I really enjoy working within and across genres. I recently finished Prairied, the fourth in a series of book-length poems on prairie geographies and family history in Illinois. These poems cover wetlands, stretches of highway, and a range of L stops in Chicago. Completing that feels like the end of a project. I also work in screenplay, a form I wish I had more time and opportunity to work within.
Are you working on any other story presently?
A detective novel set in Chicago that plays within spaces set up by Richard Wright, Saul Bellow, and Daniel Borzutzky.
Why have you chosen this genre? Or do you write in multiple genres?
As noted above, I work in a range of genres, including poetry, screenplay, and essay. I have always found that working across genres provides spaces to explore when something in a novel feels stuck or insoluble. Going into a poem can reset my narrative imagination. Working through scripts has been of inestimable importance in the development of characters on the fictional page.
I’ve also felt a great affinity between geographical and literary spaces. Memoir, poem, narrative, and maps blur in my head. This tendency has encouraged me to think about the more obsessive aspects of literary genre to the point where obsession is on par with conflict as a narrative impulse. How do I tell this “place?” My mind is always moving along what Gaston Bachelard called the “intimate immensities” of memory and poetic experience.
When did you decide to become a writer? Was it easy for you follow your passion or did you have to make some sacrifices along the way?
The lure of writing was a big part of working within ministry, a vocation that allows one to explore a range of capacities (counseling and managing, with the added bonus of getting to stand up once a week and speak what’s on your mind). Sermons were an enjoyable form, but I didn’t get serious about writing’s discipline until I was well into my thirties. I have had the benefit of some great colleagues and mentors, plus the opportunity to cross paths with some highly insightful writers along the way.
What is your writing ritual? How do you do it?
I write on a lot of small scraps of paper. The writing task becomes one of making something coherent out of them.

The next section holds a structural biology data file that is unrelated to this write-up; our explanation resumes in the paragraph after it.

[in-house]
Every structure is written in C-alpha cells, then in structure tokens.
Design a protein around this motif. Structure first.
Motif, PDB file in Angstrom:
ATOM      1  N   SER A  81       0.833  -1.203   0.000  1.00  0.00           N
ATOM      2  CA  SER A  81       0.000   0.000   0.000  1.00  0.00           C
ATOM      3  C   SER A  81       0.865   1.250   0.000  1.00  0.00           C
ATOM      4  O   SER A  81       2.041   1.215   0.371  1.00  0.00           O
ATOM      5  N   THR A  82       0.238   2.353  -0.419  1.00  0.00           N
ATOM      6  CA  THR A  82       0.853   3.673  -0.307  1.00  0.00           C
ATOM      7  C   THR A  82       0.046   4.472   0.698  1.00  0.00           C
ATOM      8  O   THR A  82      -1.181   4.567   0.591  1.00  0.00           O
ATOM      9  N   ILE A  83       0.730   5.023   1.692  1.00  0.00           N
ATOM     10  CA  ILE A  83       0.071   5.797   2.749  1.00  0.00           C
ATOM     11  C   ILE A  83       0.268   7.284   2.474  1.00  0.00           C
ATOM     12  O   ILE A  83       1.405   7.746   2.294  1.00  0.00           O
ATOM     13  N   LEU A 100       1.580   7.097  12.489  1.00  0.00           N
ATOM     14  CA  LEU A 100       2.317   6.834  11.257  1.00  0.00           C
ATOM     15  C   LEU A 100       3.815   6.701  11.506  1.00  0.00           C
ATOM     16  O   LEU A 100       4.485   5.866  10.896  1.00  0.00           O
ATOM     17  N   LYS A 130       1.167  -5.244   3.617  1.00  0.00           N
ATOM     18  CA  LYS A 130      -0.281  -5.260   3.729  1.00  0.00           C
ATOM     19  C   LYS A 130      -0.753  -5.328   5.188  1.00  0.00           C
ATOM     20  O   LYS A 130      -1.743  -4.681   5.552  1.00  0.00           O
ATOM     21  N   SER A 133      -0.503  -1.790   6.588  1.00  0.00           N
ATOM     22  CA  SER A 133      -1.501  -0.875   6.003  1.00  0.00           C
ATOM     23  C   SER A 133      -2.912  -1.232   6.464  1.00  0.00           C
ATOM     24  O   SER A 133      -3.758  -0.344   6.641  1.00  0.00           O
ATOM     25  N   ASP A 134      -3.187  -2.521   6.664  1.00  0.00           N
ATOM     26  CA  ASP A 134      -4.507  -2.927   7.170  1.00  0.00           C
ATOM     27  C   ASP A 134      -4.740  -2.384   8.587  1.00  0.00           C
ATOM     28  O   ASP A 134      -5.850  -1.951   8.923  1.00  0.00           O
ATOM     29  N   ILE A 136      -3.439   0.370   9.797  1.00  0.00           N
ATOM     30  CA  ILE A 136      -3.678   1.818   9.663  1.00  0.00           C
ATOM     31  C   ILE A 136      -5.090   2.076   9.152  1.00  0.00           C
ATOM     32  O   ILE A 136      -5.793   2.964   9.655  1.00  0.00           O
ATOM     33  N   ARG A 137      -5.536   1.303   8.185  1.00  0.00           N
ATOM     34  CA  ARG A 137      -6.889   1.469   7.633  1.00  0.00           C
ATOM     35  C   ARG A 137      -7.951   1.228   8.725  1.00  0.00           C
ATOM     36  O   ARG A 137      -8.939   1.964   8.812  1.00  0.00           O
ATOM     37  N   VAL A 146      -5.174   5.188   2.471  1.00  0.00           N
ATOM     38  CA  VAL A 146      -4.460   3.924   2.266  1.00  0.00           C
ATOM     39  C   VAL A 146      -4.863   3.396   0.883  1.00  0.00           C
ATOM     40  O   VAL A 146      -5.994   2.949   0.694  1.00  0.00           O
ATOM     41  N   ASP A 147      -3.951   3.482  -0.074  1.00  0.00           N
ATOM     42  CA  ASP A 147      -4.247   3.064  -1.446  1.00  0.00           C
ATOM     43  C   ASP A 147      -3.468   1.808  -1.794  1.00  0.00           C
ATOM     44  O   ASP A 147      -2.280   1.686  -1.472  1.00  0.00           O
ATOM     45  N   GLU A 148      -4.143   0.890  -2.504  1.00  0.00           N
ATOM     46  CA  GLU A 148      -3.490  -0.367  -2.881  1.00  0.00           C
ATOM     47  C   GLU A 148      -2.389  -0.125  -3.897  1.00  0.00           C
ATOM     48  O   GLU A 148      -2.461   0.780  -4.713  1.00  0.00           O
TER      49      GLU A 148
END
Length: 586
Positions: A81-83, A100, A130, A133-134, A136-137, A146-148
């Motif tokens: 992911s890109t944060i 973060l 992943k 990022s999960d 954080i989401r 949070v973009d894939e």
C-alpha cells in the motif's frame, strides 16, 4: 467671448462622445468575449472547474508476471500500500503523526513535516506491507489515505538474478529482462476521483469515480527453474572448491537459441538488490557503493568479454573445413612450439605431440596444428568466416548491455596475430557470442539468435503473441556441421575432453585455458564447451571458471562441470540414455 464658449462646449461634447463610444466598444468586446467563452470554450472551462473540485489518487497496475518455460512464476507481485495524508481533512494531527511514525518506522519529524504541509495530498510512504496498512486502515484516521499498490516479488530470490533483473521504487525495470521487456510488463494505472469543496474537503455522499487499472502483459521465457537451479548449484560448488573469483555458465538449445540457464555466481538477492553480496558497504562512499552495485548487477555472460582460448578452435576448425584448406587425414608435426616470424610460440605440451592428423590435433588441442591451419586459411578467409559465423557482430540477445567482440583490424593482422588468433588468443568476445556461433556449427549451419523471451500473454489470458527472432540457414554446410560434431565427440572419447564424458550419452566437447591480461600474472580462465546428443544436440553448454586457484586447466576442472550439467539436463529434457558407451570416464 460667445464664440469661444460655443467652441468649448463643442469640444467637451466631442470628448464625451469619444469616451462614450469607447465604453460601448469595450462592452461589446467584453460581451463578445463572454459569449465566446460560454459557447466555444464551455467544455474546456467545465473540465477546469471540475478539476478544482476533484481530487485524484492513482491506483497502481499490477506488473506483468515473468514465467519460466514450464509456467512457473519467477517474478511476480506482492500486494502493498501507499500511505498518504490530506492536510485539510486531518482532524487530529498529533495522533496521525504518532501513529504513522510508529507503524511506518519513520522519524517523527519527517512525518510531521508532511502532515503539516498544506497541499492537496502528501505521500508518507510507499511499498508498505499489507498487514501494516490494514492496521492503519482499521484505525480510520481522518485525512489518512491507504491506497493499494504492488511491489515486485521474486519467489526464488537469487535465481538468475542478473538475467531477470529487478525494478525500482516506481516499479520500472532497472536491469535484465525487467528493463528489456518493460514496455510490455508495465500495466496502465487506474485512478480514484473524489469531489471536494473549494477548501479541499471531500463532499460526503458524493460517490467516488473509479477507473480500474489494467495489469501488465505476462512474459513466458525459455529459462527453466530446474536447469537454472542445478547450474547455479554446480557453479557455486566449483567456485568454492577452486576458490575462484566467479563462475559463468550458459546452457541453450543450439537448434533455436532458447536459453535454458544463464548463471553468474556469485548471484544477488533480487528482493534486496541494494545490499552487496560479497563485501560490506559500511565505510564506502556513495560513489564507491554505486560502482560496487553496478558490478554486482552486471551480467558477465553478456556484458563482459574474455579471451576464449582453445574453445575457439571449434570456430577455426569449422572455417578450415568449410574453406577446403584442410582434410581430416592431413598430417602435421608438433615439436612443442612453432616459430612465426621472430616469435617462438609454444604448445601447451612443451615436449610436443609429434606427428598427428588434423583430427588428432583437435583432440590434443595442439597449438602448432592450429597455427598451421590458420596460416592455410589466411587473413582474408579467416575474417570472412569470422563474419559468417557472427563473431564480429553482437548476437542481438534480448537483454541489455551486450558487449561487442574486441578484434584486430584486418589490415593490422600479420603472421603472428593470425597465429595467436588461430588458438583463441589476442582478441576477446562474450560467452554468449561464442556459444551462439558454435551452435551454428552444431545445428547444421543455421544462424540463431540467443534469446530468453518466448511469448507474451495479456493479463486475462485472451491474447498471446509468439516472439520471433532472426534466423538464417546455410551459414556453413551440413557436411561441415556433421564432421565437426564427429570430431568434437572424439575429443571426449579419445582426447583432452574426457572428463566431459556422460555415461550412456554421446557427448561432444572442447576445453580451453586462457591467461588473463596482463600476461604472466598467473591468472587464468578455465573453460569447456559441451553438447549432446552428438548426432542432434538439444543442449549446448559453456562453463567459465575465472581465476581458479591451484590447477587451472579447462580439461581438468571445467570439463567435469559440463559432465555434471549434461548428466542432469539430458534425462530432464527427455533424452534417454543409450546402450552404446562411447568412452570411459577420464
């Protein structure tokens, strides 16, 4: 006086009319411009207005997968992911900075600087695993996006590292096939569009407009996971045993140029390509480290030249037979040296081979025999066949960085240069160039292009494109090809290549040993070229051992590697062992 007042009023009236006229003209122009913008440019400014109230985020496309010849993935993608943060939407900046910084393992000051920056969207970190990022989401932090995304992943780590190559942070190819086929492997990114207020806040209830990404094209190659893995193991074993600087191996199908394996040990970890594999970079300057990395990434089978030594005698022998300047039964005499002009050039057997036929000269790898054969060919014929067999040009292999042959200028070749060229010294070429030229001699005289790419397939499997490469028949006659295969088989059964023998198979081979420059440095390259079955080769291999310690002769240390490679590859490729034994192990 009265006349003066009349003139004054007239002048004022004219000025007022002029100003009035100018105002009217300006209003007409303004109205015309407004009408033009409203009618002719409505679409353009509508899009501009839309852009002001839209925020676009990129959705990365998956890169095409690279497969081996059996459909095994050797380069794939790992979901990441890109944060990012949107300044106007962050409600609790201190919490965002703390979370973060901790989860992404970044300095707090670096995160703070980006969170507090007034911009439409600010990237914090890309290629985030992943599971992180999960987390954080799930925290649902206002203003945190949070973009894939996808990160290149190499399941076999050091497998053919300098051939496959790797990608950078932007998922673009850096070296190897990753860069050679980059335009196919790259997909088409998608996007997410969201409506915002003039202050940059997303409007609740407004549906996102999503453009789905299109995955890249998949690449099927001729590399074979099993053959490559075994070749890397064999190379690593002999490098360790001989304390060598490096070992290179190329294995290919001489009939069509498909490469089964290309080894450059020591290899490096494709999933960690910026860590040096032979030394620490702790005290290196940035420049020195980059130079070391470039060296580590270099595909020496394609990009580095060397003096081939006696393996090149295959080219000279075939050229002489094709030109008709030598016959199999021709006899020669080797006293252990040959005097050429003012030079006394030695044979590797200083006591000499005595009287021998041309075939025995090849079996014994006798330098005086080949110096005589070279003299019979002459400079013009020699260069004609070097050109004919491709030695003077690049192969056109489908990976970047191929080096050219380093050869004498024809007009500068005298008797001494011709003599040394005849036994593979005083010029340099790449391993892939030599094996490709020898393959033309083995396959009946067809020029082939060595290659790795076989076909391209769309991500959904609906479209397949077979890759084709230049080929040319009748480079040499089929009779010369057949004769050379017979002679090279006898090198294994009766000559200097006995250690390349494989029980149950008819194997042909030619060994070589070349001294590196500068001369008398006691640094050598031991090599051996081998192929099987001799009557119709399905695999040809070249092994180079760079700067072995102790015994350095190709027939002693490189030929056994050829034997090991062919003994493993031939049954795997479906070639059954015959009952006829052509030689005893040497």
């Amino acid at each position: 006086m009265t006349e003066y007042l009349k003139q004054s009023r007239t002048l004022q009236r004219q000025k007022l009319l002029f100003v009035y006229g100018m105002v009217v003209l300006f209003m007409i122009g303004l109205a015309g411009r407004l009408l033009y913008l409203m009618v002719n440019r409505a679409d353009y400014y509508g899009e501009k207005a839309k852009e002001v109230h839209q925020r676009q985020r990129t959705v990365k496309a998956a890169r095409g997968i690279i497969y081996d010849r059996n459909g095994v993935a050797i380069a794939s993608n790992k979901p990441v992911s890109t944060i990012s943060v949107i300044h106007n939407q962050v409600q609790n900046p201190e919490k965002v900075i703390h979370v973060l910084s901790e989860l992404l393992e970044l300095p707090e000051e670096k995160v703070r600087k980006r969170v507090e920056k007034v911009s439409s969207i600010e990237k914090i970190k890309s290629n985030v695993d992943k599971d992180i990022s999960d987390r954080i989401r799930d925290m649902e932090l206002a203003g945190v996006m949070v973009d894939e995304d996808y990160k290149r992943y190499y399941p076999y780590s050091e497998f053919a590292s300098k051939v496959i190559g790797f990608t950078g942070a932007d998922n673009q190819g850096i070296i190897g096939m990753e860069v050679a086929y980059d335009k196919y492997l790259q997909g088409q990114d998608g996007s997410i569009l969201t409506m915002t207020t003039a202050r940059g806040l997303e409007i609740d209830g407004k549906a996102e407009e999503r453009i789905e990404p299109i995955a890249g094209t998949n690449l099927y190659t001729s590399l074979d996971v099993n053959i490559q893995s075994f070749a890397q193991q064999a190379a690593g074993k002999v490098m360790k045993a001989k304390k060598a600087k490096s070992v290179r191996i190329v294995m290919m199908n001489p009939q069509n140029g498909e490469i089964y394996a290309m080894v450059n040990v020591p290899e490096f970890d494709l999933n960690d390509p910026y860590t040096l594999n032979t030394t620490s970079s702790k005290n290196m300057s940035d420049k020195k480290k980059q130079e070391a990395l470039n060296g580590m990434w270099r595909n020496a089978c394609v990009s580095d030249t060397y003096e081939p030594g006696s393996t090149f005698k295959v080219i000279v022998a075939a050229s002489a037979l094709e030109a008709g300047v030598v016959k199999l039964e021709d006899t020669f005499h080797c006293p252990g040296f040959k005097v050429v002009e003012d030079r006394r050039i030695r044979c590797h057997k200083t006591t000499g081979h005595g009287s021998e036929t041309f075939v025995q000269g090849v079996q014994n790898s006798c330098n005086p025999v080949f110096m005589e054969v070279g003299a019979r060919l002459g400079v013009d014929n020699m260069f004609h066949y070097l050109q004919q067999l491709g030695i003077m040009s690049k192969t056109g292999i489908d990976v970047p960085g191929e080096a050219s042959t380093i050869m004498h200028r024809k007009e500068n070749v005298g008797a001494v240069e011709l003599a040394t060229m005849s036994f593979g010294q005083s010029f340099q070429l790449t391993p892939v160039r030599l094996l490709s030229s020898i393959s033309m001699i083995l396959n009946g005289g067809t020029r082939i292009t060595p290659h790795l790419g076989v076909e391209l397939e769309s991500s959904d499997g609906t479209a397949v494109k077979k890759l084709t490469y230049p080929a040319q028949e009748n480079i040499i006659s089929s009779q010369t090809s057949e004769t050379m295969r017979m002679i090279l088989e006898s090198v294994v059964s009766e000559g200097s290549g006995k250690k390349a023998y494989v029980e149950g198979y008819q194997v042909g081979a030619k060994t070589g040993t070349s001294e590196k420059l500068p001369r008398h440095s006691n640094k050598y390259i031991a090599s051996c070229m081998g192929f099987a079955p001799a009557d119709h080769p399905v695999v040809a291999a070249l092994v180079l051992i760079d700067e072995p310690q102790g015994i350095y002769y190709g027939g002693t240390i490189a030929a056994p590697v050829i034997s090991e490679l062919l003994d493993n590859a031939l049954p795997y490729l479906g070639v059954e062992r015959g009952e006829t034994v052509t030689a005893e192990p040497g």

How do you prefer to write – computer/laptop, typewriter, dictation or longhand with a pen?
Transcribing bits of thought from paper to a laptop, develop them, then print them out and paste them on the walls.
What are your 5 favourite books? (You can share 5 favourite authors too.)
These shift and change, but I’ve been most influenced fictionally by Herman Melville’s The Confidence-Man, Bonnie Jo Campbell’s American Salvage, Michael Anania’s The Red Menace, Valeria Luiselli’s Lost Children Archive, and Barry Hannah’s Ray. Among Chicago and Great Lakes books most recently, I’ve been hanging around Eve Ewing’s Ghosts in the Schoolyard and Dan Egan’s The Death and Life of the Great Lakes. Other works that have shaped my perspective in a sustained way are Sterling Plumpp’s blues lyrics and Robert Schenkkan’s The Kentucky Cycle.
How do you deal with Writer’s Block?
Fortunately, I have never had to fight it. My fits and starts of ideas will probably outlive me.
What advice would you give to aspiring non-fiction writers?
Michael Anania always reminded us that great writers rarely appear in isolation, so build on conversations and friendships with other writers. Don’t see them as competitors. Move into your voice. Love the process.
Thank you, author Cycholl, for your insightful answers!
About the Book
Rx: A Novel
First, do no harm…
A patient comes to you with vague but troubling symptoms. He seems to know a little too much about the odd sickness you’ve seen in other patients lately. You start to wonder what he’s been up to in his chicken coop. Is he growing the next plague? Should you call the FBI? The only problem is that you’re not really a doctor.
Taking on his dead father’s identity, a man becomes intent on practicing medicine in an out of the way town. He watches the nation bubble into a new kind of civil war around him. A con man amidst rumors, homemade bombs, and a developing sense that he has been “made,” Rx wrestles with a distinct American identity—slippery and always in flight. Between a violent “here” and an anxious “there,” a wider, remapped “America” emerges.
You can find Rx: A Novel here:
Amazon | Goodreads | Barnes & Noble